I was there the day you won the election in 2008. My classmates and I gathered around the television in our dormitory common room to watch the votes come in. And while I can't speak for everyone, I sat with baited breath as I hoped and prayed for a victory that would result in a better America.
When your victory was announced, my college campus erupted. Students poured out of their dormitories and onto the grounds cheering, waving flags, and yelling your name over and over again. The air vibrated with the excitement. I stood on my dormitory steps and soaked it all in. The hundreds who walked across campus that night were certain things were finally going to change.
I was there when the age restriction on my parents insurance rose. I had graduated college. I didn't know where I was going to get a job or if I wanted to peruse gradschool. I didn't know if I'd continue living with my parents or try to make it on my own. And somewhere in there I would probably need my own car, and I'd have to find a way to pay for it. I had so many questions with little answers and among those was how I was going to get health coverage. And then, suddenly, blessedly, my parents insurance was required to carry me until I was 26. That was a good day. A wonderful day. And I can't tell you how often I've thanked you for that. In fact, I will say it again now. Thank you so very much.
I was there when insurance companies could no longer turn away pre-existing conditions.
I was there when you pulled troops out of Afghanistan and Iraq.
I was there when the affordable care act passed.
All of these things I have applauded you on. And I thank you for seeing the needs of the American people in these situations.
Over the years, when my friends criticized you for not following through on some of your campaign promises, I defended you. I know it can not be an easy job as President. You don't hold all the power, and trying to get Republicans and Democrats and lobbyists to work together and agree with one another is near impossible. You can't do it all. And it has to be crazy stressful. I do not envy your position.
I have believed ever since 2008 that you have done the best you can to do whatever good you can for this country, and I have been grateful for your service.
But this business with the TPP throws everything into doubt.
I've heard some really distressing things:
- Lobbyists from large corporations and big banks have been involved in the creation of the trade agreement, but not the American people.
- Corporations can sue for things that hurt their profits, such as environment and labor laws. If successful, payment to corporations would come in the form of tax payer dollars.
- Our already inadequate copyright system becomes more restrictive. The medical industry can hold more patents, delaying the creation of cheaper alternatives and hurting those who need healthcare.
I fail to see how any of this helps the American people and only serves to hurt them and benefit multi-million dollar corporations. The reported increase in exports and imports could be a good thing for everyone, but not at the cost of the American people.
I'm honestly baffled by your stance. You've said you truly believe in this trade agreement and the benefits it will have for America. You've said this bill is nothing like NAFTA. I'd like to believe you as I find it unthinkable you'd back something that seems so incredibly harmful. But critics report the TPP is NAFTA on steroids.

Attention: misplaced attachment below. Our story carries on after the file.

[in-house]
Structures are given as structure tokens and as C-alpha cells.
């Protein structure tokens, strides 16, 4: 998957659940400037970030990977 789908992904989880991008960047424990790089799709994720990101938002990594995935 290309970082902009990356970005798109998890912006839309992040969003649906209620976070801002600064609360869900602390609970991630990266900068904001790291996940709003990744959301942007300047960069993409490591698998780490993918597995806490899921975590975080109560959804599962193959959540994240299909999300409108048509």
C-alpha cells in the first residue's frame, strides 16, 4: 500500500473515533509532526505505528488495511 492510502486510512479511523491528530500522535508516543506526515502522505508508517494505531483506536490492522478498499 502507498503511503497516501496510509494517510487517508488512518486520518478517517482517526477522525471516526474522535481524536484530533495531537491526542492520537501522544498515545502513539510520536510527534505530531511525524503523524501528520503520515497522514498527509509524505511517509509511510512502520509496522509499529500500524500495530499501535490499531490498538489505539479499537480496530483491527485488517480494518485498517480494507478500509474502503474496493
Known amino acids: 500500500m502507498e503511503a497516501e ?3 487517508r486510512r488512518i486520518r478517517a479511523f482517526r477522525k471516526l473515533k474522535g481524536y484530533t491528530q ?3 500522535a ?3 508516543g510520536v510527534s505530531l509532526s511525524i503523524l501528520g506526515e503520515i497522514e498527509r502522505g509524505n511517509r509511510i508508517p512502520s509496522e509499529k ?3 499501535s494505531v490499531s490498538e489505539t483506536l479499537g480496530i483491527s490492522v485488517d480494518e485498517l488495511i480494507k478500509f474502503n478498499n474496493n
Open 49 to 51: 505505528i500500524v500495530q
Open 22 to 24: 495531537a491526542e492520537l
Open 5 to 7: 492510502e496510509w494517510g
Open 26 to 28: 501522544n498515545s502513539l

So, who am I to believe? The responsible thing to do would be to dive into research and make my own informed decision. But I can't do that because the bill is classified, and the only information the American citizens have was brought to us through WikiLeaks.
And that in and of itself poses a severe problem.
The TPP is a trade bill that was created and has been voted on without the knowledge of the American people as to its contents. Is it not true that members of Congress are supposed to represent the American people? How can they even begin to represent us on a bill that we haven't been given access to? How can they have the citizens of the United States at heart when we, the citizens, have been given no voice in this matter?
Mr. President, I ask you, is this how democracy is supposed to work?
It's been said many in congress haven't read the TPP themselves. They are not allowed to, and they must vote on the bill blindly.
Mr. President, how does this hold up the rights of our Constitution?
Have you read the trade agreement yourself? I've heard the bill is around 1,000 pages. And, I mean, who has time to read all of that? Least of all the Presidents of the United States who I imagine has the most insane schedule ever? Maybe I'm wrong. Maybe you have read it in its entirety. In any case, there's a clear disconnect between what you believe this agreement to be and how people have responded to the parts of the agreement that have become available.
Some have suggested that you're being bribed by corporations. Some say you have given up after years of struggling against Republicans, and you have become susceptible to their demands. Some say you may have been lied to by your advisers.
I don't know the full story, Mr. President. None of the American people do. We have been denied any involvement in this process.
But I do know one thing. When I look back on the night my college campus exploded in triumph at your election, I don't want to remember a president who sold out the American people.
Please, don't be that president.